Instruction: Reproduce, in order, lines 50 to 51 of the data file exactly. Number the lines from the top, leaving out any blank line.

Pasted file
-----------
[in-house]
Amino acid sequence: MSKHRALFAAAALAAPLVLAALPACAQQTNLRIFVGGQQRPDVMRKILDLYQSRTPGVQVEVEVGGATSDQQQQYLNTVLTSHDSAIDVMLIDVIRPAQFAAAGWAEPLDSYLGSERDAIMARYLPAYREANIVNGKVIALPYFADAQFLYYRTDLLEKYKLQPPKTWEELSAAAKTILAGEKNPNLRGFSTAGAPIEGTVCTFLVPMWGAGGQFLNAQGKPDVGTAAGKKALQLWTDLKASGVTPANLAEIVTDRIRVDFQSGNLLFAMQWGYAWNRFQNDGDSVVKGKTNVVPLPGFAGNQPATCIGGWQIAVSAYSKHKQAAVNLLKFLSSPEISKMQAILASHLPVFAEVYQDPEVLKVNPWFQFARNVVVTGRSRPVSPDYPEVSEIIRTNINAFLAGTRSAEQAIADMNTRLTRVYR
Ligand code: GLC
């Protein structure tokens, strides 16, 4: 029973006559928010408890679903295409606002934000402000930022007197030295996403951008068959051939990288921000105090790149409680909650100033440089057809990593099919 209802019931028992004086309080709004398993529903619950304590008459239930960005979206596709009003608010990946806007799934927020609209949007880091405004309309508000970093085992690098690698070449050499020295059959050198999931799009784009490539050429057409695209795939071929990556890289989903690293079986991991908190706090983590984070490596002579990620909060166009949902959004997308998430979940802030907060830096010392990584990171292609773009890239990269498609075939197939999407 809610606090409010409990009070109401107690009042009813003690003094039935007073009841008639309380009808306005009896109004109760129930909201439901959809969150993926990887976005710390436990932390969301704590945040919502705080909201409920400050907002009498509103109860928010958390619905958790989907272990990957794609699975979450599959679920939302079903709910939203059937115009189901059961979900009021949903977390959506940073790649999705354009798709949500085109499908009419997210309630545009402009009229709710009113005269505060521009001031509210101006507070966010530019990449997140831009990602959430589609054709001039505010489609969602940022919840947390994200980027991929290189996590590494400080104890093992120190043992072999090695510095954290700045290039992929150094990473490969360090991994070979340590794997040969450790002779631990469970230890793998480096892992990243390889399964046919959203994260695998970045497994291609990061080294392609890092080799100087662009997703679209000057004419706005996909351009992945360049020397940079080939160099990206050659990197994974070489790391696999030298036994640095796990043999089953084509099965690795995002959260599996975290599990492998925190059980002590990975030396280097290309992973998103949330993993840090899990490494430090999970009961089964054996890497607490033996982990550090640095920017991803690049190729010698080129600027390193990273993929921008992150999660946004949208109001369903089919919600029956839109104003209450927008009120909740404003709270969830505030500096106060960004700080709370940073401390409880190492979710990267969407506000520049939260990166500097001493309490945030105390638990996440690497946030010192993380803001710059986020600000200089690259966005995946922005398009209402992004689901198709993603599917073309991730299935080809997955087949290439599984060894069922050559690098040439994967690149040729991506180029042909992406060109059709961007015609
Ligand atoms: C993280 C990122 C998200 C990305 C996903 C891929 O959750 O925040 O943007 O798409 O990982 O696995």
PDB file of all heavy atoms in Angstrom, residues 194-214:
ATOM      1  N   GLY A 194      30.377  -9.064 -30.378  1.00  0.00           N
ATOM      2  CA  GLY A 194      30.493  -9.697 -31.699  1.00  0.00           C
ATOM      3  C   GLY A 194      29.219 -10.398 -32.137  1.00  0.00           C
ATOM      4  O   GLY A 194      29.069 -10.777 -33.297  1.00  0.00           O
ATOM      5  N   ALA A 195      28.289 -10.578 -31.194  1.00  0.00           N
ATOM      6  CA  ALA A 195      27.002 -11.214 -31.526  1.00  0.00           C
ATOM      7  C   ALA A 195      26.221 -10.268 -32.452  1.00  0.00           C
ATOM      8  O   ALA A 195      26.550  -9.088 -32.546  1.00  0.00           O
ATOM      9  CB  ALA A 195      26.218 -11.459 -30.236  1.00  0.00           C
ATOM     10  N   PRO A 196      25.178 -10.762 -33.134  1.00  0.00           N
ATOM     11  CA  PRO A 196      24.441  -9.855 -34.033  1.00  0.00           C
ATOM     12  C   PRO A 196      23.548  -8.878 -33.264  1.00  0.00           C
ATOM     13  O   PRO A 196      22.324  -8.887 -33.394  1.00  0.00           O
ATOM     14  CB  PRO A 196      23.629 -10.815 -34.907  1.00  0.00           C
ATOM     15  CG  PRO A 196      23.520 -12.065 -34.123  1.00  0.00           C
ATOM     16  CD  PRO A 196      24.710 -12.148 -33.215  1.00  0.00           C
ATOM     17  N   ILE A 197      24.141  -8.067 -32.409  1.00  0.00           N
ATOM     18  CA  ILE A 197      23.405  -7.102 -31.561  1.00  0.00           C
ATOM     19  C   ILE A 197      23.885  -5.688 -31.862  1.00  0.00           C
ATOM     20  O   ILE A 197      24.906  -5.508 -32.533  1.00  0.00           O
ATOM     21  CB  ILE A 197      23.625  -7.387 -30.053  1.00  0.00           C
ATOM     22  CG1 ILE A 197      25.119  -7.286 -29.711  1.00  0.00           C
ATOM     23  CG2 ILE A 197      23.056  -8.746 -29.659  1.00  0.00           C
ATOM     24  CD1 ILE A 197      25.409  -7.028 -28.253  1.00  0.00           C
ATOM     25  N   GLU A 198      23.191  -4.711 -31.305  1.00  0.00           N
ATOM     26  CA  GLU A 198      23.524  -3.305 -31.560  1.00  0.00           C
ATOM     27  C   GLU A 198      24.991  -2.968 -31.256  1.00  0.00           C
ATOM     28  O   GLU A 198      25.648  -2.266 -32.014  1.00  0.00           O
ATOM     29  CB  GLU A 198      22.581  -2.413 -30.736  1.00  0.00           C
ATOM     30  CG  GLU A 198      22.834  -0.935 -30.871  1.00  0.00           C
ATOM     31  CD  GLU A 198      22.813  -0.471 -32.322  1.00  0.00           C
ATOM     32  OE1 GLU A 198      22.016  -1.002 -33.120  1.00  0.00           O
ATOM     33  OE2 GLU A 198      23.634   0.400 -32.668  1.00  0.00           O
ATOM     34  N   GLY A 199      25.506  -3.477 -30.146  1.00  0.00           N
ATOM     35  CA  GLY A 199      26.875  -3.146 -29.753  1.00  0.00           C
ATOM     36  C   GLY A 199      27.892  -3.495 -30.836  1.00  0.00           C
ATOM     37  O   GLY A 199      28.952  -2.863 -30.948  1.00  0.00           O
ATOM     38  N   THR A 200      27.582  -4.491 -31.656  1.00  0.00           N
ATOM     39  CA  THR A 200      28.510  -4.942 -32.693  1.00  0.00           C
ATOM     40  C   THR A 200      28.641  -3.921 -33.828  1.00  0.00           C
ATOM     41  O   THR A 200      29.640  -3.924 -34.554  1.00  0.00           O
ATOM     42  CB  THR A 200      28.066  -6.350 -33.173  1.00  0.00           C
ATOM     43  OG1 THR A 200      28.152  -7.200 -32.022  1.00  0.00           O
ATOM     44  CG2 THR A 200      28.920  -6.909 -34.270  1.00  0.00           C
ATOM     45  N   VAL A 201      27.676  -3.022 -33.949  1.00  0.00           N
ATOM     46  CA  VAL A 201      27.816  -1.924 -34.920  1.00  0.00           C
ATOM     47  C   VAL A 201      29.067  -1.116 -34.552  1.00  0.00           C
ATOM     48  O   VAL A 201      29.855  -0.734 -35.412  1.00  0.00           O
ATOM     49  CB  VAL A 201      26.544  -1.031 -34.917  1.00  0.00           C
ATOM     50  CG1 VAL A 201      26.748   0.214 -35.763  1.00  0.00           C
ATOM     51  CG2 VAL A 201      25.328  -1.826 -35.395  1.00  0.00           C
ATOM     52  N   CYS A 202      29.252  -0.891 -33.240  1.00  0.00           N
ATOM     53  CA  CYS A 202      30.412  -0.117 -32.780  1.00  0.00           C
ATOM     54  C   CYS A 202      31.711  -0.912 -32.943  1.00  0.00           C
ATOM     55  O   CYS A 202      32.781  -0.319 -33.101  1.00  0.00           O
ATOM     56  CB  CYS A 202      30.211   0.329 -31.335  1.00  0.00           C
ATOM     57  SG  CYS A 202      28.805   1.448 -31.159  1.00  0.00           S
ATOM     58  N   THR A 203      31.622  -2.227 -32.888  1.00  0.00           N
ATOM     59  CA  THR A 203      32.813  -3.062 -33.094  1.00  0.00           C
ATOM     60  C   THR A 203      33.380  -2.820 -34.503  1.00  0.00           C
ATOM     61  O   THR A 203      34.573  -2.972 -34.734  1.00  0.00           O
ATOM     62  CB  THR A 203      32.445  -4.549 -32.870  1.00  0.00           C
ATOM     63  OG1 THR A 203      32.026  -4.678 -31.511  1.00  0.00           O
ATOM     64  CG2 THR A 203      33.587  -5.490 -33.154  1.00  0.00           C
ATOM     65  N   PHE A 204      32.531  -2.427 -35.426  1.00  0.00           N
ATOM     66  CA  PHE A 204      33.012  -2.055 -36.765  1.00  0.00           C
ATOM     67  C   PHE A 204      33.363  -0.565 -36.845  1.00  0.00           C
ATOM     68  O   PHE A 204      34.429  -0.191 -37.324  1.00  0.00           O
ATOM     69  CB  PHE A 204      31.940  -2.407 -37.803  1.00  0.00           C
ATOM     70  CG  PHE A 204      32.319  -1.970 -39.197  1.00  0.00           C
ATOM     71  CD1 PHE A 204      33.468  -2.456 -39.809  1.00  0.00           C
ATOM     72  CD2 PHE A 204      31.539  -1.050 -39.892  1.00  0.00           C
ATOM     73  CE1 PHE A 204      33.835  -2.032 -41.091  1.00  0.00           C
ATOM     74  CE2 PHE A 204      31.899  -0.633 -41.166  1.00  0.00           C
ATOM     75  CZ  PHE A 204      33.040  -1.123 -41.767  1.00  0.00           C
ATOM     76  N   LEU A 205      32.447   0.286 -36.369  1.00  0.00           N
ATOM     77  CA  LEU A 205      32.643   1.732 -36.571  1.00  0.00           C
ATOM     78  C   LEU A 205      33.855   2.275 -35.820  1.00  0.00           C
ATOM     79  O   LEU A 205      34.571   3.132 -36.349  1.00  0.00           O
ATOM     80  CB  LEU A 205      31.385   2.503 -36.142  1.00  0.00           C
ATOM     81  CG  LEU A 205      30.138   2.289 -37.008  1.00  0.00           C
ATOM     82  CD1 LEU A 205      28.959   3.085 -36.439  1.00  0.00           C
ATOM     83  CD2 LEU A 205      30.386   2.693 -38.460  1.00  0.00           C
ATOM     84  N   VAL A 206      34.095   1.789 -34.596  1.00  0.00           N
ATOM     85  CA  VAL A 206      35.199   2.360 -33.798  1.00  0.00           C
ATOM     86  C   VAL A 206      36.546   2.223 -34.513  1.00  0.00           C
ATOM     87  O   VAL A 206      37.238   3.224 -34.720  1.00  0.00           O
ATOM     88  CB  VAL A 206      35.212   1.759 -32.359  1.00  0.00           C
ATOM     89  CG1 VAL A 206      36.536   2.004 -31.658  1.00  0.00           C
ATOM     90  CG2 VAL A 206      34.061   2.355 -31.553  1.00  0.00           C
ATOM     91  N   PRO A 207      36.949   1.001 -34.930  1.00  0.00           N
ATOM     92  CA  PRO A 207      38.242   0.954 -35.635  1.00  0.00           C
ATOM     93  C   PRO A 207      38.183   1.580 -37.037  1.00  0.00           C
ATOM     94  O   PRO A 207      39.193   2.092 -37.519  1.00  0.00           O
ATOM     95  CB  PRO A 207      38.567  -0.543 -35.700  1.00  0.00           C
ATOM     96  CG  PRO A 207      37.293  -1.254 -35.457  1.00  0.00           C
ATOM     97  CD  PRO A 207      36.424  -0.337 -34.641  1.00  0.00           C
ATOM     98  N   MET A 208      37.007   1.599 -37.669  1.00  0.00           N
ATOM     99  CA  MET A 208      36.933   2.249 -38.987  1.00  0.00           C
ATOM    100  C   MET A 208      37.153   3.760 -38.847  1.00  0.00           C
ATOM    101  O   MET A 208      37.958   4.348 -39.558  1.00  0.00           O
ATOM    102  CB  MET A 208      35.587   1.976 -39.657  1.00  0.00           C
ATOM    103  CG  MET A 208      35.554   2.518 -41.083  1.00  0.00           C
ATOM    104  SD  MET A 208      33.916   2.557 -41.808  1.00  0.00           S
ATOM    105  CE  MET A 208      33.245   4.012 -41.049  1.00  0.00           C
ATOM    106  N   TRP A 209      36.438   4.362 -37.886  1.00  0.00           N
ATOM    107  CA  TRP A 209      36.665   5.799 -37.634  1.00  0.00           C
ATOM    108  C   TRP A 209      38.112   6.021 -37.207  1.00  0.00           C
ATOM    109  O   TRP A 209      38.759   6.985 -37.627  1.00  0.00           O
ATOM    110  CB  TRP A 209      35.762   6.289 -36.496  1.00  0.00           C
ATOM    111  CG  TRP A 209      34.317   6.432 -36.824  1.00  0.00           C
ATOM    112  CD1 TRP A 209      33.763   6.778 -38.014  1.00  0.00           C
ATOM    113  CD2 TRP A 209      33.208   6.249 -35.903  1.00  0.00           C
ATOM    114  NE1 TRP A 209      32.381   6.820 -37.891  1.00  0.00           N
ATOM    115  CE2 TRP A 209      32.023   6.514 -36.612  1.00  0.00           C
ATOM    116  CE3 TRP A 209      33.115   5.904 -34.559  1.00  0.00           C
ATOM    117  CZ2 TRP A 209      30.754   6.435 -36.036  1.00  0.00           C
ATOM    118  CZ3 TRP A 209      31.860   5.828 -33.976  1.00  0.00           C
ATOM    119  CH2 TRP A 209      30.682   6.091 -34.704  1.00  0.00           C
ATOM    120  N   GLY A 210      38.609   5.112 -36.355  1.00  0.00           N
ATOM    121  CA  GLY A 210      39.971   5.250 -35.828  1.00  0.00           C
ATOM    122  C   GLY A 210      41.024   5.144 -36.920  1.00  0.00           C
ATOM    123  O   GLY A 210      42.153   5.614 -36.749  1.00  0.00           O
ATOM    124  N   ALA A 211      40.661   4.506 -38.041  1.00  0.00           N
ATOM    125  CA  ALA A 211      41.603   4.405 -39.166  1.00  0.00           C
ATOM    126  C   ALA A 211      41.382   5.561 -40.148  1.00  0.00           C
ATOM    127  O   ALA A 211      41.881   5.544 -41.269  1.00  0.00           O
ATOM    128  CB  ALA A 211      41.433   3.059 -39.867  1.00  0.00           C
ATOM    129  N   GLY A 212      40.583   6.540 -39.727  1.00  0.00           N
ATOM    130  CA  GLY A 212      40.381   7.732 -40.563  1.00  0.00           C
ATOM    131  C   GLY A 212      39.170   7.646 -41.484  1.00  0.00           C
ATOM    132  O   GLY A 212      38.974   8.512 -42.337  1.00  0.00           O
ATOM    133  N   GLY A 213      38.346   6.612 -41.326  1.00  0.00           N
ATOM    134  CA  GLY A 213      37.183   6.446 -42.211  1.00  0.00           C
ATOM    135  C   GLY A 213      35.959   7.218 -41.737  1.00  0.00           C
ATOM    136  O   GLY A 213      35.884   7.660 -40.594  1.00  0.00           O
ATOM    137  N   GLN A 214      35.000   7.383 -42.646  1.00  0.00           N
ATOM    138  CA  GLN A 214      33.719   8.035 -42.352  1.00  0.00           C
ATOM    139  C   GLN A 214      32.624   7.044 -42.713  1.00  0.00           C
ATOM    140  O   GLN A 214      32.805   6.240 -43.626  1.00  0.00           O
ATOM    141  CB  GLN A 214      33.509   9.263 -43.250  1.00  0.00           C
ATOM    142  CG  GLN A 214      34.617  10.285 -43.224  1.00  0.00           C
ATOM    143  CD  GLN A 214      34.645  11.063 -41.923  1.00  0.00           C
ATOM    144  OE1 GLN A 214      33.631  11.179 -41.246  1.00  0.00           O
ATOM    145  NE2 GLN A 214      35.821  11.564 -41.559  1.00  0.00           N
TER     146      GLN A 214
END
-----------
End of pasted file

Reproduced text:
ATOM     44  CG2 THR A 200      28.920  -6.909 -34.270  1.00  0.00           C
ATOM     45  N   VAL A 201      27.676  -3.022 -33.949  1.00  0.00           N